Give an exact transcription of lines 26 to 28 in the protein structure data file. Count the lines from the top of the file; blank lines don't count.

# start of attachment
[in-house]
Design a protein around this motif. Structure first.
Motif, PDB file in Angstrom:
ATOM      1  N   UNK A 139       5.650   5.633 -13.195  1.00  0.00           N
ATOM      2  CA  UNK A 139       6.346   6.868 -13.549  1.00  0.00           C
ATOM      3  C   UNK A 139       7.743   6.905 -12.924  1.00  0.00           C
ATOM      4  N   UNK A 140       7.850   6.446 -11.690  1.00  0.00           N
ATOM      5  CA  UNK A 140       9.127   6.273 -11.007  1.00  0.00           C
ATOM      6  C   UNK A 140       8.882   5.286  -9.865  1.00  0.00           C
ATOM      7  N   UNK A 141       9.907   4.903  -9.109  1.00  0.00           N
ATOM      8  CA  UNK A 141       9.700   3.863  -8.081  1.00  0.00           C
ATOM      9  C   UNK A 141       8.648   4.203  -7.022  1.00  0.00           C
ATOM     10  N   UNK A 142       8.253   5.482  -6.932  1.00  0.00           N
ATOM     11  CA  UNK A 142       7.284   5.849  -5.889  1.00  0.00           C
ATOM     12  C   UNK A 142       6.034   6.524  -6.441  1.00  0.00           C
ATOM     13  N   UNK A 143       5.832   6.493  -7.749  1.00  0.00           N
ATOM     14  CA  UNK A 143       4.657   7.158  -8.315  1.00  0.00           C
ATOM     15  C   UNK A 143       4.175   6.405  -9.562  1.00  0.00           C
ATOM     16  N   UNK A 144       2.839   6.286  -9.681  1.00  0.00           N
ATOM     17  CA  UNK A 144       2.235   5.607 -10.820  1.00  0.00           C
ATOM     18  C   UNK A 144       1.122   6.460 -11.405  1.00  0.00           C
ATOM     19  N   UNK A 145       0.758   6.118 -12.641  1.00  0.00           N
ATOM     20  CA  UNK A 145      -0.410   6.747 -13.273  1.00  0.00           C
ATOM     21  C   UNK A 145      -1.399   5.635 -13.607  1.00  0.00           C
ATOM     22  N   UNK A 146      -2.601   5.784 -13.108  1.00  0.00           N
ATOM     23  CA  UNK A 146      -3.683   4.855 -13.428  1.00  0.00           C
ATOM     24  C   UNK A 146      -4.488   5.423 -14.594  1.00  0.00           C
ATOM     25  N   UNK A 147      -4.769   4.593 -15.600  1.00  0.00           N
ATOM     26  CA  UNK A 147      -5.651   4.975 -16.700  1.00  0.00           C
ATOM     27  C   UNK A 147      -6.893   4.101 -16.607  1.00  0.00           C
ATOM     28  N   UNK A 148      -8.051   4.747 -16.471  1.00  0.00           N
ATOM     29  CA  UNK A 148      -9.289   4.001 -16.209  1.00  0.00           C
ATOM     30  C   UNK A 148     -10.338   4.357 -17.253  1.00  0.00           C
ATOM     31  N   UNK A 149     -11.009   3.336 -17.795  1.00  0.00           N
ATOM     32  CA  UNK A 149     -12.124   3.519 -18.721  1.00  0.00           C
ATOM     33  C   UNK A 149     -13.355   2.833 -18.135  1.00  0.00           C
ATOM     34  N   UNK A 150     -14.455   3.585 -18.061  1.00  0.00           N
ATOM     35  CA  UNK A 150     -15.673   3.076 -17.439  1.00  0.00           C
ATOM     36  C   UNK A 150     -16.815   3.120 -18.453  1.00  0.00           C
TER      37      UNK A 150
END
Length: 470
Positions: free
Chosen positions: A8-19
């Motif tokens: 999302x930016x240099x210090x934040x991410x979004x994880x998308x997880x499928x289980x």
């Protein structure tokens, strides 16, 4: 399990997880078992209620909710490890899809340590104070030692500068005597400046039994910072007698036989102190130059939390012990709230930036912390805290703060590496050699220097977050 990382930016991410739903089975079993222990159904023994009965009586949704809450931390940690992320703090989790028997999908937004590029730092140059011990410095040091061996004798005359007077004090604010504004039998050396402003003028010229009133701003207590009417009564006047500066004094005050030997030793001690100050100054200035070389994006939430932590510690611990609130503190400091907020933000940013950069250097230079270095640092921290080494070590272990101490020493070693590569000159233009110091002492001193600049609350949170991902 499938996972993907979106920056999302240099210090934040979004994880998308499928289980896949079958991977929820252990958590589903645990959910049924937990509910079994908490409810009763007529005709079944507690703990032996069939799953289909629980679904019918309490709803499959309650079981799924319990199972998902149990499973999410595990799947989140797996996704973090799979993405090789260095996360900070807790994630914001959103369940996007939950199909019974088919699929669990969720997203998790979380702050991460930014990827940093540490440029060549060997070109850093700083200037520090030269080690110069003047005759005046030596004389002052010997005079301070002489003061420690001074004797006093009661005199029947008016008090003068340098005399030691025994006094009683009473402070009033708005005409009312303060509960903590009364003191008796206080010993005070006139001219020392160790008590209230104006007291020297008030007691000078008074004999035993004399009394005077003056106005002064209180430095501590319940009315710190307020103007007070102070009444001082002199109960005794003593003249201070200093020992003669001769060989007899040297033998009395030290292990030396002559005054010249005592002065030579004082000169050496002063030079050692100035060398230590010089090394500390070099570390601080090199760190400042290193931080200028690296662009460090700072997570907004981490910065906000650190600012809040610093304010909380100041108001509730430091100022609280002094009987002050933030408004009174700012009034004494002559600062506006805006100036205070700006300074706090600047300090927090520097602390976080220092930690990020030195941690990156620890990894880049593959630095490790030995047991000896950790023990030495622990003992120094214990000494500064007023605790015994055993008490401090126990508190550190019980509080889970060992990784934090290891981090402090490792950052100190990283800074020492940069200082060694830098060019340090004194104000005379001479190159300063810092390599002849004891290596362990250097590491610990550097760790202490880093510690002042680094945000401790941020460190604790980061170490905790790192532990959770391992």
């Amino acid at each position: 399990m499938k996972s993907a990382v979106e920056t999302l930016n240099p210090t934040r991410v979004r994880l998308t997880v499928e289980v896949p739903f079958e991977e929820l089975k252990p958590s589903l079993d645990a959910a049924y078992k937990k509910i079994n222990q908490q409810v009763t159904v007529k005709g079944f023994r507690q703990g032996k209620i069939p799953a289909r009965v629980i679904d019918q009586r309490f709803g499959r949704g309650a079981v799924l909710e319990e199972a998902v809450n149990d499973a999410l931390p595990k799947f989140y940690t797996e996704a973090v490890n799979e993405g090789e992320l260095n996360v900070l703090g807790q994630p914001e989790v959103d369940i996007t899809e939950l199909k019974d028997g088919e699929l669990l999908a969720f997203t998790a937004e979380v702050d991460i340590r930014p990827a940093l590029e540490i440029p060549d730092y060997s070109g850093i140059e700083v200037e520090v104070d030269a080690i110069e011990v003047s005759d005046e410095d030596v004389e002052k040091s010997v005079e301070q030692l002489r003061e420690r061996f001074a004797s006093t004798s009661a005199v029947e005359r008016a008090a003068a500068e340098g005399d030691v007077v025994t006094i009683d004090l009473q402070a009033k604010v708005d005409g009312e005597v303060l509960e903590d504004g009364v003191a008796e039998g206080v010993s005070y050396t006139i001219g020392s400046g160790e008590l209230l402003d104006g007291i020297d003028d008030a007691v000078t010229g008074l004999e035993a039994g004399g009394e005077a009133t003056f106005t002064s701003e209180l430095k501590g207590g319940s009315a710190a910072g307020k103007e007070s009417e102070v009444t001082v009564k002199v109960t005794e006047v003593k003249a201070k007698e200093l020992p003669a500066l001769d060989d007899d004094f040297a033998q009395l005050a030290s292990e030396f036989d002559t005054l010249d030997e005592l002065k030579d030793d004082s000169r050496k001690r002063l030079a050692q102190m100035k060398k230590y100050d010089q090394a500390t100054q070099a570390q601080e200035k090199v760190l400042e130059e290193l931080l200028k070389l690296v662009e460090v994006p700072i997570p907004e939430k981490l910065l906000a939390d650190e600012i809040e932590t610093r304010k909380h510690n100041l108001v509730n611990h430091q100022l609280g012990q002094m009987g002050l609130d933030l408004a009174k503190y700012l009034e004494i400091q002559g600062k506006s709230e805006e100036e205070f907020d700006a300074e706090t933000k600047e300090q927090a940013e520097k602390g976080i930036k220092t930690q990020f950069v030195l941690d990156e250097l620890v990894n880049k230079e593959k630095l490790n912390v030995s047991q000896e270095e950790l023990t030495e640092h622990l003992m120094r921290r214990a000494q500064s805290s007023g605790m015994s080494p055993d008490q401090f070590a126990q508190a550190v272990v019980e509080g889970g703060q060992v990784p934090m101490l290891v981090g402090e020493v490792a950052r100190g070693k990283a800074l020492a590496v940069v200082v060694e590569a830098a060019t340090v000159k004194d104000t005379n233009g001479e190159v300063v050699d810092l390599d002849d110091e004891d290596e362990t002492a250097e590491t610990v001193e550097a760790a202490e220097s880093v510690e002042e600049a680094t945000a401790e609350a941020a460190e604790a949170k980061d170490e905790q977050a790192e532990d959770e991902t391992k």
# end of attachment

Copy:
ATOM     23  CA  UNK A 146      -3.683   4.855 -13.428  1.00  0.00           C
ATOM     24  C   UNK A 146      -4.488   5.423 -14.594  1.00  0.00           C
ATOM     25  N   UNK A 147      -4.769   4.593 -15.600  1.00  0.00           N